The Canadian and international communities have recognized her achievements with many awards. An incomplete list includes: the Canadian Liver Foundation Distinguished Service Award, the Canadian Association for Study of Liver Gold Medal, the Canadian Medical Association May Cohen Award for Women Mentors, the AASLD Sheila Sherlock Lectureship, the British Society of Gastroenterology Sherlock Lectureship, the Canadian Liver Foundation “Key to Life” Tribute, and the Queen Elizabeth II Golden Jubilee Medal. As the above list suggests, Jenny is now Canadian, having come to Toronto in 1979, and taken advantage of an opportunity to flourish in the New World.
Jenny is also a remarkable teacher, mentor, den mother, raconteur par excellence, ski buff, and operaphile. She is indefatigable and fearless. This attitude is exemplified by an incident that occurred during the 1976 AASLD congress in Chicago. A thief snatched her purse and ran off. Instead of passively accepting this misfortune, Jenny sprinted after him for several blocks, eventually cornering him in a men's washroom in a department store. Outside the door, she demanded the return of only her airline ticket and passport, but the tired and exasperated thief pleaded: “Lady, if I give you back your purse, will you leave me alone?”
She has won several teaching awards and is sought after as a lecturer at institutions and congresses on every continent. Jenny takes a keen interest in the career aspirations and successes of her current and former trainees. With obvious pride, she claims one of her fondest achievements is having published papers with over 70 different trainees. Indeed, in many ways the level of career nurturing and guidance that she provides for trainees under her supervision borders on the maternal. Ask about many of her papers and she is quick to credit a trainee first author. An ongoing project involves training the next generation of clinicians and researchers in viral hepatitis. This is the Canadian National Training Program in Hepatitis C, conceived and directed by Jenny. The program currently involves 8 trainees, 24 mentors/supervisors, and 9 Canadian institutions, with more to come.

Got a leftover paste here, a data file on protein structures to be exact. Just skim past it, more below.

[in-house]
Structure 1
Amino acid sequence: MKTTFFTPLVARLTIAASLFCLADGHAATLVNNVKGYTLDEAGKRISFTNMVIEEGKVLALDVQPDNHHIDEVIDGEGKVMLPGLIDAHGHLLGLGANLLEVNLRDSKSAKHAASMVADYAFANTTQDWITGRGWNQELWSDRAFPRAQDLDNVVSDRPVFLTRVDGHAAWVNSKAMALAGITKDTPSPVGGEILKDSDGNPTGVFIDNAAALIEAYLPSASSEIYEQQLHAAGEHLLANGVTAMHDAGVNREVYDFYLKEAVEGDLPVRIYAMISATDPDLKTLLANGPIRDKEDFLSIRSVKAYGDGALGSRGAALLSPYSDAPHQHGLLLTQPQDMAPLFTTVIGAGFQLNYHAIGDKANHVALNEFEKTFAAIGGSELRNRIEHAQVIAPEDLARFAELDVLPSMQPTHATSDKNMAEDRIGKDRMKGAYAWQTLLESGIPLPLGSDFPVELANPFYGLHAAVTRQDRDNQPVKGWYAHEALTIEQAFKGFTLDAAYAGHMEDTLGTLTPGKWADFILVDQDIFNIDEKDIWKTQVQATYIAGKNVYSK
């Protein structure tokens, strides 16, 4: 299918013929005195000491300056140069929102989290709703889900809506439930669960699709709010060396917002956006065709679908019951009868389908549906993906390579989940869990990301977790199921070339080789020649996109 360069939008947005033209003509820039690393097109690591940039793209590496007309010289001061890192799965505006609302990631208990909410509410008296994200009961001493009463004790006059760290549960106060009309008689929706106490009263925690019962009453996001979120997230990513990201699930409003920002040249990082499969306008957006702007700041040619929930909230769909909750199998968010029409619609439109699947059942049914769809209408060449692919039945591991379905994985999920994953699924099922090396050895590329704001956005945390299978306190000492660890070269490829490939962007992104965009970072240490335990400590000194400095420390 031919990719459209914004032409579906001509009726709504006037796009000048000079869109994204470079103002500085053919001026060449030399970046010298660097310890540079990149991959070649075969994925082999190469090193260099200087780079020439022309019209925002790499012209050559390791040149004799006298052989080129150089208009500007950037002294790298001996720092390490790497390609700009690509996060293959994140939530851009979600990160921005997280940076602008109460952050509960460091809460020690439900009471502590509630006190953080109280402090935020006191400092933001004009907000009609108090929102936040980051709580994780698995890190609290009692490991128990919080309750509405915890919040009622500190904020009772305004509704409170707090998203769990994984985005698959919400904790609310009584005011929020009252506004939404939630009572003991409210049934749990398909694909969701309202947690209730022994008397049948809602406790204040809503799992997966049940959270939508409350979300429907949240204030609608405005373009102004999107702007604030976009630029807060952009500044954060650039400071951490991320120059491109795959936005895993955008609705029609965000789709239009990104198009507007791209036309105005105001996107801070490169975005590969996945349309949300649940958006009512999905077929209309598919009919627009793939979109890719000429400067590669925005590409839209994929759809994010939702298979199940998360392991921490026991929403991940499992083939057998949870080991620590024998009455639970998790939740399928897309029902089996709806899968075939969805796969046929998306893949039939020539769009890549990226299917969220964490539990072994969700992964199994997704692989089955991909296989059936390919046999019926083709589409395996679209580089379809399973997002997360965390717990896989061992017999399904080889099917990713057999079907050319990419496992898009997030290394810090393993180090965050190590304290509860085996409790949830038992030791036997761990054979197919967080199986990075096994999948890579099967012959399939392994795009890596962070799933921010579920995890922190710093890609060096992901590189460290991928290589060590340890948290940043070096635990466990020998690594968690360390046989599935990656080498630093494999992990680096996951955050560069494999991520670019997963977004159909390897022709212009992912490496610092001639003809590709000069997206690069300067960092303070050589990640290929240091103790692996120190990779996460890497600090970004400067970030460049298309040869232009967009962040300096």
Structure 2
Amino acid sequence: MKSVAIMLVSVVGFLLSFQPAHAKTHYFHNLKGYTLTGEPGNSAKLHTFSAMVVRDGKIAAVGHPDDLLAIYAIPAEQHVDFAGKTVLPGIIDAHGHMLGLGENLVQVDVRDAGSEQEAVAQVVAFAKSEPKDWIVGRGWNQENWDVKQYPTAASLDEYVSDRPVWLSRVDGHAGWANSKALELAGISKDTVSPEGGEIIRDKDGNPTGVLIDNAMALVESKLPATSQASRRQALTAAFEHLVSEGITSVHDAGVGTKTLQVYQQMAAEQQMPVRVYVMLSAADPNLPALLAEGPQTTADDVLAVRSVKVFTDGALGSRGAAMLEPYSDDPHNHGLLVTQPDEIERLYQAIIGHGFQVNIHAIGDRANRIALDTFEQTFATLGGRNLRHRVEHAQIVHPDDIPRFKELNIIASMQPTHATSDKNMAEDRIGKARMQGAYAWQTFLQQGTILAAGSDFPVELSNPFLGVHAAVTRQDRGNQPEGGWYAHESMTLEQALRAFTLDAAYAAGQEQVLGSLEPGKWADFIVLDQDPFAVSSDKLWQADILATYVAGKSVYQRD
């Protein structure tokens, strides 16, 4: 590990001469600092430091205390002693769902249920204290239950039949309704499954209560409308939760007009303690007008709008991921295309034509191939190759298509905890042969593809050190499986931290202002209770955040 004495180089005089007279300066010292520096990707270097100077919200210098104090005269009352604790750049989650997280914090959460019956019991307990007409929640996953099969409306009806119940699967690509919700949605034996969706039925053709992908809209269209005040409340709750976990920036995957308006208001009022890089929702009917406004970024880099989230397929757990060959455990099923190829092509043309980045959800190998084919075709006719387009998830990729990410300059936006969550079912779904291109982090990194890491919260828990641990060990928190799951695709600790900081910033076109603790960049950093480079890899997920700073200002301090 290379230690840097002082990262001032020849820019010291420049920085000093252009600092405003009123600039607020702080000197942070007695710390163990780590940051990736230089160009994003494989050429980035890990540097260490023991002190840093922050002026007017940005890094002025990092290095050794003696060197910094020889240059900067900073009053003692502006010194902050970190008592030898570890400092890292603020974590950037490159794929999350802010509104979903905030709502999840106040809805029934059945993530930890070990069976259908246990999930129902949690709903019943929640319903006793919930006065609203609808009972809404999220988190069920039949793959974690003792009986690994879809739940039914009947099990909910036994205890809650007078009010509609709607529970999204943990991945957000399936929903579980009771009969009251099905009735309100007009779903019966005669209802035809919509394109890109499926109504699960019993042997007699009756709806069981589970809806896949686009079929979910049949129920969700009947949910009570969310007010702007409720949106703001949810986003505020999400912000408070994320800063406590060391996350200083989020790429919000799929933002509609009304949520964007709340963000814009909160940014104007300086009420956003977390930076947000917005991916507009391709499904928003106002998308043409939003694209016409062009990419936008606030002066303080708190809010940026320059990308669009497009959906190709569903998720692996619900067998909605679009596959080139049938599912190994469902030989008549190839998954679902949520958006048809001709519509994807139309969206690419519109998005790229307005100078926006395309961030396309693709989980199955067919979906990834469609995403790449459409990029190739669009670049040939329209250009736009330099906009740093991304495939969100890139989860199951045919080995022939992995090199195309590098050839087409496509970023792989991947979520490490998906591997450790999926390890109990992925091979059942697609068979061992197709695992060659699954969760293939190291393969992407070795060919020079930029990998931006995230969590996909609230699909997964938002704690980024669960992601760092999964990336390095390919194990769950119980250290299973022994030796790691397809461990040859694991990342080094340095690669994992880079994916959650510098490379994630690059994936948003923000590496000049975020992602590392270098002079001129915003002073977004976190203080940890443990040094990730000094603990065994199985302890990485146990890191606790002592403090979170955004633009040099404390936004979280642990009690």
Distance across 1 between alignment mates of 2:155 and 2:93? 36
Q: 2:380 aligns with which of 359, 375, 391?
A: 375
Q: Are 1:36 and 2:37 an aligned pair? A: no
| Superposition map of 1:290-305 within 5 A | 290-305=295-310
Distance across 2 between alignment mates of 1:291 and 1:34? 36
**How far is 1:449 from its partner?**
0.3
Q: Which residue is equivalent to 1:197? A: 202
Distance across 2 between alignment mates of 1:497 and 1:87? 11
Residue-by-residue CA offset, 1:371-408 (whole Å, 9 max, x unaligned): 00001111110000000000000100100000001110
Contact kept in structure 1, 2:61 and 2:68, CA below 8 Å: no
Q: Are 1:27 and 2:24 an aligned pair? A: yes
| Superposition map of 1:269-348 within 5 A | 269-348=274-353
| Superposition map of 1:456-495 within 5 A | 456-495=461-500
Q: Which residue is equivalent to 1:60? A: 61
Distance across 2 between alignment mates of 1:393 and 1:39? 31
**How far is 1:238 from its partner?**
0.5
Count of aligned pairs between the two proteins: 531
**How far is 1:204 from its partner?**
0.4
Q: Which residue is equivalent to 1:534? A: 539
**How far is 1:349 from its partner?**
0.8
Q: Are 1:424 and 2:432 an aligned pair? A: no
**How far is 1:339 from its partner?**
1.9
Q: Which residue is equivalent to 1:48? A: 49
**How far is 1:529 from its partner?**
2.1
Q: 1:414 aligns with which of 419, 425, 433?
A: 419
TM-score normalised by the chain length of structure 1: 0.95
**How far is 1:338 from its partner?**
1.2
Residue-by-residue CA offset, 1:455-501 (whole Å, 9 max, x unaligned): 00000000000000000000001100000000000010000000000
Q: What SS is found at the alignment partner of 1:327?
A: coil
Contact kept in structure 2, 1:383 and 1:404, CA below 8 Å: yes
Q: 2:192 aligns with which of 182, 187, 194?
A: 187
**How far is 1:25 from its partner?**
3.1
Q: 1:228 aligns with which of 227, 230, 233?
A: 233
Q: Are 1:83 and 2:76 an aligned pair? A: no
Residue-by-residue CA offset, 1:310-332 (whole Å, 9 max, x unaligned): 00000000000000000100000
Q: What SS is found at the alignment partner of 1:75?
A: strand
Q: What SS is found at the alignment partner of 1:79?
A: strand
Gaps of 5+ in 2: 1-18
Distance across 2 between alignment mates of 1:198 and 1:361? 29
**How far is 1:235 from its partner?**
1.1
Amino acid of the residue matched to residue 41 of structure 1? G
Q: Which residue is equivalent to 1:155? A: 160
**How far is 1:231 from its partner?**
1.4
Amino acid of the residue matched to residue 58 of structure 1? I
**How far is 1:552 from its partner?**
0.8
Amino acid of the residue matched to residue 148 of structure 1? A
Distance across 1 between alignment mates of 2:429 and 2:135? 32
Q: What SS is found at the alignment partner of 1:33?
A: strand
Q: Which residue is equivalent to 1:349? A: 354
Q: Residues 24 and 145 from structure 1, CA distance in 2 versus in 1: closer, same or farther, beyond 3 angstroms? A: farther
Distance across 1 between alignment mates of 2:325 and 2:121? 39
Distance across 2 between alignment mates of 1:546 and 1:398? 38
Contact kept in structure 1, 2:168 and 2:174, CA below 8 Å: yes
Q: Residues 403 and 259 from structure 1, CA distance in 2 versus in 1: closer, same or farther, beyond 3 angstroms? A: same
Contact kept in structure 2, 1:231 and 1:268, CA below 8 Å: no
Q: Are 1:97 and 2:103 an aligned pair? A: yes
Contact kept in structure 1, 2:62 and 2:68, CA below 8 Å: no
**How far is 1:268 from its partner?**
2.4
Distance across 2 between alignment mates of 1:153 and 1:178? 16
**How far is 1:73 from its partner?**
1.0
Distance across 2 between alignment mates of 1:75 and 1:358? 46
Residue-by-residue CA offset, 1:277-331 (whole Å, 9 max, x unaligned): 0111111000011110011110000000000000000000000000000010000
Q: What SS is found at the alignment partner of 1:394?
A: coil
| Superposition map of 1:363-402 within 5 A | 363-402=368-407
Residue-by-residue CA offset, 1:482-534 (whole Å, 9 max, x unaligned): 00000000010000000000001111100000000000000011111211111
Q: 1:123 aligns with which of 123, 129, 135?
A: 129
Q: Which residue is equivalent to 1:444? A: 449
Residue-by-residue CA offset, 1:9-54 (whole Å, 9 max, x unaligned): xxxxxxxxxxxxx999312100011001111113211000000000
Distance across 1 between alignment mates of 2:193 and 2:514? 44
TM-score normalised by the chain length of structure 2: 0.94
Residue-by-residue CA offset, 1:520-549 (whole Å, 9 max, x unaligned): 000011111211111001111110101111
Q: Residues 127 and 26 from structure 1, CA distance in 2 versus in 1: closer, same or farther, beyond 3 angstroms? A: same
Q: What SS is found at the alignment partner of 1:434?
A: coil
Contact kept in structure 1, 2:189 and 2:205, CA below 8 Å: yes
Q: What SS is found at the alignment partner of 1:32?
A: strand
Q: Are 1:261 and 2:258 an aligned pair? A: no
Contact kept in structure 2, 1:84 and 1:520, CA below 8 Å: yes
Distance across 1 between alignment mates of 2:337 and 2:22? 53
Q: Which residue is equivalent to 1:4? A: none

An example of her generosity and compassion is her quasi-adopted family. One of her first patients in Toronto was a teenage Vietnamese refugee who was accompanied by his sister. They had arrived in Canada in a woebegone state only 2 days before Jenny, leaving their parents and family in Vietnam. She invited them to lunch that day, and then to Sunday dinner at her home. They came to dinner every Sunday thereafter and essentially, she has unofficially adopted them. Indeed, their children call Jenny “Grandma.” As physicians, we feel compassion for our patients; it is both our human nature and our duty. But how many of us have taken the next step and quasi-adopted any patients?
Jenny is a committed animal lover. She currently shares her home with two cats, and at times in the past many more. She kept one uremic cat on homemade dialysis for 4 years using nightly infusions of Ringer's lactate and normal saline. She is also fond of opera, particularly Wagner, and has donated generously to the Canadian Opera Company, allowing her a special reserved “named” seat at COC productions.
It is clear that not only does Jenny find and take advantage of opportunities, she also makes many opportunities—not just for herself, but for those around her as well. The words of Francis Bacon (gender-biased language notwithstanding) apply perfectly to her. The hepatology world could benefit from more “opportunists” like her. But there is only one Jenny. 1